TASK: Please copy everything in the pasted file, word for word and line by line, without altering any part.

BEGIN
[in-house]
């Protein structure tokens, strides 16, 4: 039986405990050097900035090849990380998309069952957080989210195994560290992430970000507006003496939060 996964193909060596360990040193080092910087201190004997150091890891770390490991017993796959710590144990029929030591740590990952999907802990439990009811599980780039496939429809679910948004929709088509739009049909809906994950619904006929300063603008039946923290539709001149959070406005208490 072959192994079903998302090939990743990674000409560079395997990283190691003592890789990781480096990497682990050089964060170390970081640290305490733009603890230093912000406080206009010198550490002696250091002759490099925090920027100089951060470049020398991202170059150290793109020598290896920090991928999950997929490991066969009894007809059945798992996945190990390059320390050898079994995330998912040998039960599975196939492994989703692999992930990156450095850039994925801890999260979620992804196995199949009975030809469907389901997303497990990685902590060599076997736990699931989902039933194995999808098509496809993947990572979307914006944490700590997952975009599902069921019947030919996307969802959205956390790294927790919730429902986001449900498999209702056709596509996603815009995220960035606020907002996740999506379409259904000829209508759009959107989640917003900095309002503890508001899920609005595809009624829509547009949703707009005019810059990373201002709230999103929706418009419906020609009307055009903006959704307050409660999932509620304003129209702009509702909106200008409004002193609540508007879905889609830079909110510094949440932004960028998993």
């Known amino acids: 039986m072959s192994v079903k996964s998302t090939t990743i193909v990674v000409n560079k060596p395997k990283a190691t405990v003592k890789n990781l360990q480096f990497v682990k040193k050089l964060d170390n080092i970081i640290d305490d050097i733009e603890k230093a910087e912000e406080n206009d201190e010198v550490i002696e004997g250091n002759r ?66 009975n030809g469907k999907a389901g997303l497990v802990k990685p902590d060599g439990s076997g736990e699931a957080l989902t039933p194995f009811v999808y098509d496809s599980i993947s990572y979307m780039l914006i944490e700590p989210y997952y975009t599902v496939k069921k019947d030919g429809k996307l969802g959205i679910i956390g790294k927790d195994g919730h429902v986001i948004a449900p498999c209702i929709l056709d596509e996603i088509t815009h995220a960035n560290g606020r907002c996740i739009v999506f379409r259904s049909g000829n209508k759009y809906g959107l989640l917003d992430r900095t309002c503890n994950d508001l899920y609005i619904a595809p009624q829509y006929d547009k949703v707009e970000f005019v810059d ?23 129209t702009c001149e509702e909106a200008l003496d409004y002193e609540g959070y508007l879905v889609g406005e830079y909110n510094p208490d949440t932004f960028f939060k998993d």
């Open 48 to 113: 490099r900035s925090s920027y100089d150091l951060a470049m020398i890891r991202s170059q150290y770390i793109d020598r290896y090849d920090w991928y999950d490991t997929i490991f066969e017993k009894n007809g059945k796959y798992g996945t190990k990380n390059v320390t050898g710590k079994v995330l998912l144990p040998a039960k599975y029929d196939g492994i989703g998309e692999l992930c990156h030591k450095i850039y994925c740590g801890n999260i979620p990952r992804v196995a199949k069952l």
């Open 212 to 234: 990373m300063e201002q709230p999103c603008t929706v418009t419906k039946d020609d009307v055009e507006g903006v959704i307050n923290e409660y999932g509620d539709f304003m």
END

[in-house]
């Protein structure tokens, strides 16, 4: 039986405990050097900035090849990380998309069952957080989210195994560290992430970000507006003496939060 996964193909060596360990040193080092910087201190004997150091890891770390490991017993796959710590144990029929030591740590990952999907802990439990009811599980780039496939429809679910948004929709088509739009049909809906994950619904006929300063603008039946923290539709001149959070406005208490 072959192994079903998302090939990743990674000409560079395997990283190691003592890789990781480096990497682990050089964060170390970081640290305490733009603890230093912000406080206009010198550490002696250091002759490099925090920027100089951060470049020398991202170059150290793109020598290896920090991928999950997929490991066969009894007809059945798992996945190990390059320390050898079994995330998912040998039960599975196939492994989703692999992930990156450095850039994925801890999260979620992804196995199949009975030809469907389901997303497990990685902590060599076997736990699931989902039933194995999808098509496809993947990572979307914006944490700590997952975009599902069921019947030919996307969802959205956390790294927790919730429902986001449900498999209702056709596509996603815009995220960035606020907002996740999506379409259904000829209508759009959107989640917003900095309002503890508001899920609005595809009624829509547009949703707009005019810059990373201002709230999103929706418009419906020609009307055009903006959704307050409660999932509620304003129209702009509702909106200008409004002193609540508007879905889609830079909110510094949440932004960028998993």
């Known amino acids: 039986m072959s192994v079903k996964s998302t090939t990743i193909v990674v000409n560079k060596p395997k990283a190691t405990v003592k890789n990781l360990q480096f990497v682990k040193k050089l964060d170390n080092i970081i640290d305490d050097i733009e603890k230093a910087e912000e406080n206009d201190e010198v550490i002696e004997g250091n002759r ?66 009975n030809g469907k999907a389901g997303l497990v802990k990685p902590d060599g439990s076997g736990e699931a957080l989902t039933p194995f009811v999808y098509d496809s599980i993947s990572y979307m780039l914006i944490e700590p989210y997952y975009t599902v496939k069921k019947d030919g429809k996307l969802g959205i679910i956390g790294k927790d195994g919730h429902v986001i948004a449900p498999c209702i929709l056709d596509e996603i088509t815009h995220a960035n560290g606020r907002c996740i739009v999506f379409r259904s049909g000829n209508k759009y809906g959107l989640l917003d992430r900095t309002c503890n994950d508001l899920y609005i619904a595809p009624q829509y006929d547009k949703v707009e970000f005019v810059d ?23 129209t702009c001149e509702e909106a200008l003496d409004y002193e609540g959070y508007l879905v889609g406005e830079y909110n510094p208490d949440t932004f960028f939060k998993d």
């Open 48 to 113: 490099r900035s925090s920027y100089d150091l951060a470049m020398i890891r991202s170059q150290y770390i793109d020598r290896y090849d920090w991928y999950d490991t997929i490991f066969e017993k009894n007809g059945k796959y798992g996945t190990k990380n390059v320390t050898g710590k079994v995330l998912l144990p040998a039960k599975y029929d196939g492994i989703g998309e692999l992930c990156h030591k450095i850039y994925c740590g801890n999260i979620p990952r992804v196995a199949k069952l």
């Open 212 to 234: 990373m300063e201002q709230p999103c603008t929706v418009t419906k039946d020609d009307v055009e507006g903006v959704i307050n923290e409660y999932g509620d539709f304003m």